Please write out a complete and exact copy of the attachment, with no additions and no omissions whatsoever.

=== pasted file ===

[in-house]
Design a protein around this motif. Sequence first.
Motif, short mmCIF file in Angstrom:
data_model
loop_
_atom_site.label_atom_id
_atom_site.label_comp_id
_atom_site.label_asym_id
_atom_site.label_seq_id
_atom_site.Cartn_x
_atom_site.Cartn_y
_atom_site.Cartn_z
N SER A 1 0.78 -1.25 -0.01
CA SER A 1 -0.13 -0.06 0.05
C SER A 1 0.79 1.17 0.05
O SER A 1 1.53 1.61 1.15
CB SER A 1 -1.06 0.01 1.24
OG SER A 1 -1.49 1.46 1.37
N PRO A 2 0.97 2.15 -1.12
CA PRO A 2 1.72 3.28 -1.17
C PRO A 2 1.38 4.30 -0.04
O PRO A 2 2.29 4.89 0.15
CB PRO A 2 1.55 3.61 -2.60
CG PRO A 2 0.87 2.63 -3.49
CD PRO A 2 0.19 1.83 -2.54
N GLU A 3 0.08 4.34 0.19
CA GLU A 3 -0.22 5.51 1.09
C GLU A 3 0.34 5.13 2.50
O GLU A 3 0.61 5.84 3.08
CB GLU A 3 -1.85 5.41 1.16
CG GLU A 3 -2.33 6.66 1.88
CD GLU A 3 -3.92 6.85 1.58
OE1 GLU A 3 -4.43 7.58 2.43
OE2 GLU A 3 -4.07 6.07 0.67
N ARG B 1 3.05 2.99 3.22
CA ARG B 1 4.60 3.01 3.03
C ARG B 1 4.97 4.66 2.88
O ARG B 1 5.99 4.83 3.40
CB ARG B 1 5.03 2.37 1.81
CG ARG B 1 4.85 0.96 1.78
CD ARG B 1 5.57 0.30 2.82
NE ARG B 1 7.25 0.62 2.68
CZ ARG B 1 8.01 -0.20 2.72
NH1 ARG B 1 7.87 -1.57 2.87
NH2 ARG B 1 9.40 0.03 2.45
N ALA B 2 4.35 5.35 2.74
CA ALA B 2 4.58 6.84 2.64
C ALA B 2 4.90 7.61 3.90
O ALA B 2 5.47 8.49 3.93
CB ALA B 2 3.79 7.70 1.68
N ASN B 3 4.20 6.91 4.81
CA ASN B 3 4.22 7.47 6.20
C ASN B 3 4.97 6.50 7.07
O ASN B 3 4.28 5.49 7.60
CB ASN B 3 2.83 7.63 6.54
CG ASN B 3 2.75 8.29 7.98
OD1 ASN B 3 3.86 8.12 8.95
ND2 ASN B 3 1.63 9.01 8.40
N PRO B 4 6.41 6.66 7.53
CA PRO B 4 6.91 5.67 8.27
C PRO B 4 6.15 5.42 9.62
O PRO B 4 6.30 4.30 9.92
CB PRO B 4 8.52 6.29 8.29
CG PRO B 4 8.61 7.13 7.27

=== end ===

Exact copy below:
[in-house]
Design a protein around this motif. Sequence first.
Motif, short mmCIF file in Angstrom:
data_model
loop_
_atom_site.label_atom_id
_atom_site.label_comp_id
_atom_site.label_asym_id
_atom_site.label_seq_id
_atom_site.Cartn_x
_atom_site.Cartn_y
_atom_site.Cartn_z
N SER A 1 0.78 -1.25 -0.01
CA SER A 1 -0.13 -0.06 0.05
C SER A 1 0.79 1.17 0.05
O SER A 1 1.53 1.61 1.15
CB SER A 1 -1.06 0.01 1.24
OG SER A 1 -1.49 1.46 1.37
N PRO A 2 0.97 2.15 -1.12
CA PRO A 2 1.72 3.28 -1.17
C PRO A 2 1.38 4.30 -0.04
O PRO A 2 2.29 4.89 0.15
CB PRO A 2 1.55 3.61 -2.60
CG PRO A 2 0.87 2.63 -3.49
CD PRO A 2 0.19 1.83 -2.54
N GLU A 3 0.08 4.34 0.19
CA GLU A 3 -0.22 5.51 1.09
C GLU A 3 0.34 5.13 2.50
O GLU A 3 0.61 5.84 3.08
CB GLU A 3 -1.85 5.41 1.16
CG GLU A 3 -2.33 6.66 1.88
CD GLU A 3 -3.92 6.85 1.58
OE1 GLU A 3 -4.43 7.58 2.43
OE2 GLU A 3 -4.07 6.07 0.67
N ARG B 1 3.05 2.99 3.22
CA ARG B 1 4.60 3.01 3.03
C ARG B 1 4.97 4.66 2.88
O ARG B 1 5.99 4.83 3.40
CB ARG B 1 5.03 2.37 1.81
CG ARG B 1 4.85 0.96 1.78
CD ARG B 1 5.57 0.30 2.82
NE ARG B 1 7.25 0.62 2.68
CZ ARG B 1 8.01 -0.20 2.72
NH1 ARG B 1 7.87 -1.57 2.87
NH2 ARG B 1 9.40 0.03 2.45
N ALA B 2 4.35 5.35 2.74
CA ALA B 2 4.58 6.84 2.64
C ALA B 2 4.90 7.61 3.90
O ALA B 2 5.47 8.49 3.93
CB ALA B 2 3.79 7.70 1.68
N ASN B 3 4.20 6.91 4.81
CA ASN B 3 4.22 7.47 6.20
C ASN B 3 4.97 6.50 7.07
O ASN B 3 4.28 5.49 7.60
CB ASN B 3 2.83 7.63 6.54
CG ASN B 3 2.75 8.29 7.98
OD1 ASN B 3 3.86 8.12 8.95
ND2 ASN B 3 1.63 9.01 8.40
N PRO B 4 6.41 6.66 7.53
CA PRO B 4 6.91 5.67 8.27
C PRO B 4 6.15 5.42 9.62
O PRO B 4 6.30 4.30 9.92
CB PRO B 4 8.52 6.29 8.29
CG PRO B 4 8.61 7.13 7.27